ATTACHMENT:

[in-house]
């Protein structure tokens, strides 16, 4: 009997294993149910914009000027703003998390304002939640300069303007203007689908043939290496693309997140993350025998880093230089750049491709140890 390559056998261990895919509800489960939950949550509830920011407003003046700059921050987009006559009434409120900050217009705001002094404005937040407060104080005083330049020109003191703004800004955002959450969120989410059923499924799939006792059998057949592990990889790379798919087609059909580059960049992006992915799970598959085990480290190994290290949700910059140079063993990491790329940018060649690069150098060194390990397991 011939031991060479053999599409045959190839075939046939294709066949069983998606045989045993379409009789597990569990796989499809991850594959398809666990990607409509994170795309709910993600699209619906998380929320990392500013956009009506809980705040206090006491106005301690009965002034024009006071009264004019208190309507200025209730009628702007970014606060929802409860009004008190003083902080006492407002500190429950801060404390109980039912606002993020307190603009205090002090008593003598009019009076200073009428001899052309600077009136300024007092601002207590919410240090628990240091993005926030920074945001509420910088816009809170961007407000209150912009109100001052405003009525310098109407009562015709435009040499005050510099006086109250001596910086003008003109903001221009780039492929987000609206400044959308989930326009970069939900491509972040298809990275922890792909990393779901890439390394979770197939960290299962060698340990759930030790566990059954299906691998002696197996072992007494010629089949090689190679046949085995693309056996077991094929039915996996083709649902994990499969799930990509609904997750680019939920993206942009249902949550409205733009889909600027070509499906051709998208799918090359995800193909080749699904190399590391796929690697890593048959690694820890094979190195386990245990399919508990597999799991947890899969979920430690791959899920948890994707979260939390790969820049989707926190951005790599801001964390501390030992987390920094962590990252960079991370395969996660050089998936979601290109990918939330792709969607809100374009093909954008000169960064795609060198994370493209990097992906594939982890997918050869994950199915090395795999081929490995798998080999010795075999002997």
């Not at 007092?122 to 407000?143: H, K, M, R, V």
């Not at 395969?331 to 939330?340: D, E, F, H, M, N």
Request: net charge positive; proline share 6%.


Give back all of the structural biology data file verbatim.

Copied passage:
[in-house]
């Protein structure tokens, strides 16, 4: 009997294993149910914009000027703003998390304002939640300069303007203007689908043939290496693309997140993350025998880093230089750049491709140890 390559056998261990895919509800489960939950949550509830920011407003003046700059921050987009006559009434409120900050217009705001002094404005937040407060104080005083330049020109003191703004800004955002959450969120989410059923499924799939006792059998057949592990990889790379798919087609059909580059960049992006992915799970598959085990480290190994290290949700910059140079063993990491790329940018060649690069150098060194390990397991 011939031991060479053999599409045959190839075939046939294709066949069983998606045989045993379409009789597990569990796989499809991850594959398809666990990607409509994170795309709910993600699209619906998380929320990392500013956009009506809980705040206090006491106005301690009965002034024009006071009264004019208190309507200025209730009628702007970014606060929802409860009004008190003083902080006492407002500190429950801060404390109980039912606002993020307190603009205090002090008593003598009019009076200073009428001899052309600077009136300024007092601002207590919410240090628990240091993005926030920074945001509420910088816009809170961007407000209150912009109100001052405003009525310098109407009562015709435009040499005050510099006086109250001596910086003008003109903001221009780039492929987000609206400044959308989930326009970069939900491509972040298809990275922890792909990393779901890439390394979770197939960290299962060698340990759930030790566990059954299906691998002696197996072992007494010629089949090689190679046949085995693309056996077991094929039915996996083709649902994990499969799930990509609904997750680019939920993206942009249902949550409205733009889909600027070509499906051709998208799918090359995800193909080749699904190399590391796929690697890593048959690694820890094979190195386990245990399919508990597999799991947890899969979920430690791959899920948890994707979260939390790969820049989707926190951005790599801001964390501390030992987390920094962590990252960079991370395969996660050089998936979601290109990918939330792709969607809100374009093909954008000169960064795609060198994370493209990097992906594939982890997918050869994950199915090395795999081929490995798998080999010795075999002997």
């Not at 007092?122 to 407000?143: H, K, M, R, V």
């Not at 395969?331 to 939330?340: D, E, F, H, M, N």
Request: net charge positive; proline share 6%.